In theaters.

The creators of Hollywoodland have styled the movie as neonoir—complete with a mysterious death, a bottom-feeding private detective, and several untrustworthy women—but those trappings aren’t really the point of the film. Despite feints in that direction, it’s not a murder mystery. It’s the sad tale of two lonely people whose lives don’t match their dreams. It’s about soul-crushing disappointment and the relentless indignities of aging. It’s about mortality.

That’s a lot to pack into the small, pitiable history of George Reeves, an actor who aspired to the realm of Hollywood stars but who foundered playing Superman in the trenches of kiddie television, but the film works surprisingly well. The screenplay is perceptive, the period detail is immersive without being ostentatious, and the strong cast boasts two remarkable performances: Ben Affleck is startlingly good as Reeves—this is the best work he’s ever done—and Diane Lane beautifully captures the complexities and contradictions of the unhappy Toni Mannix, Reeves’ older, wealthier, married lover.

The scenes between Affleck and Lane are the most affecting and memorable moments of Hollywoodland, for the heart of the movie is George and Toni’s affair. Tainted by imbalances of wealth and power and youth, the relationship degrades them both. At first, George appreciates Toni’s extravagant gifts, but when his career collapses, her lavishly shared wealth humiliates him. (Toni’s attempts to ease his despondency—“I’ll always take care of my boy”—are counter-productive.) Toni, meanwhile, knows that George will tire of her eventually. She predicts as much when she meets him: “I have another seven good years; then my ass drops like a duffel bag.

Psychoanalyzing the actors, treating the movie as a meta extravaganza, is all too easy here. Affleck, once a tabloid fixture as half of “Bennifer,” surely understands what it’s like to be an actor whose audience won’t permit him to grow beyond earlier missteps. Lane, a former ingénue now in her 40s, must know something about how Hollywood treats aging women. Yet it would be unfair to define their performances so narrowly. Perhaps personal experiences served as a point of entry, but both Affleck and Lane have crafted distinct characters apart from themselves.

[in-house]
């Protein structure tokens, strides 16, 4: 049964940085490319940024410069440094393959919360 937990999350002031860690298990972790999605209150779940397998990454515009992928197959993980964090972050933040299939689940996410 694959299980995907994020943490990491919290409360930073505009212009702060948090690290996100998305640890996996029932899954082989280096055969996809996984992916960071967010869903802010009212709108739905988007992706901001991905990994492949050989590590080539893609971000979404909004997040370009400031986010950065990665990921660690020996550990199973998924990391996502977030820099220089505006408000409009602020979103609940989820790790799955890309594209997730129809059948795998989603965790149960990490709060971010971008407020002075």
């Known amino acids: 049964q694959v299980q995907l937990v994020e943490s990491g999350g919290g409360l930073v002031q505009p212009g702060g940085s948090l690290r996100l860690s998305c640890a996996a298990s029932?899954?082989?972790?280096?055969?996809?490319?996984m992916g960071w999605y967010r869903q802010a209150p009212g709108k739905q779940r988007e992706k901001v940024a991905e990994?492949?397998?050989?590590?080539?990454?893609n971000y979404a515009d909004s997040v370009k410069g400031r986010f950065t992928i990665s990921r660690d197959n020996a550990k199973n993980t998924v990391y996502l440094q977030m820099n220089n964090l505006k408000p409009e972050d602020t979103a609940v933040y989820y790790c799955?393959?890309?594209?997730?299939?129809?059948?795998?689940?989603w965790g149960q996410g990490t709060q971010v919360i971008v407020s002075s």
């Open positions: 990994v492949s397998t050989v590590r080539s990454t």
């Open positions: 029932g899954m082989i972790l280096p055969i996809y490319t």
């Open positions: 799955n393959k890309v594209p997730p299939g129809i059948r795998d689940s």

Their performances are so compelling that I found myself growing annoyed whenever the movie shifted away from them to what is, ostensibly, the primary plot: George Reeves has been found shot, and though his death has been ruled a suicide, detective Louis Simo believes he can prove it was murder. Brody is perfectly serviceable as the seedy, fame-hungry private eye, but his story arc doesn’t really fit thematically with the rest of the movie.

The parallels between Simo and Reeves, both emasculated men with unfulfilling careers, are only superficial (the underlying issues are quite different), and Brody simply hasn’t been given material as rich as Affleck’s. To be fair, Hollywoodland probably does need a framing device, but when the canvas is so much more interesting than the frame, why spend so much time trying to gild that ordinary rectangle?

I suspect screenwriter Paul Bernbaum and director Allen Coulter wanted to use the Simo angle to expand upon their themes and turn Reeves’ story into a classic tragedy, but in that ambition, they misunderstand the tale’s appeal. Hollywoodland taps into weighty issues, yes, but its core is intimate, not grand. In the end, Reeves is simply too small a character to be a tragic hero. That inescapable ordinariness might have been one of the factors that fueled his depression, but ironically, it’s also one of the elements that make Hollywoodland so sadly human and so beautifully sad.

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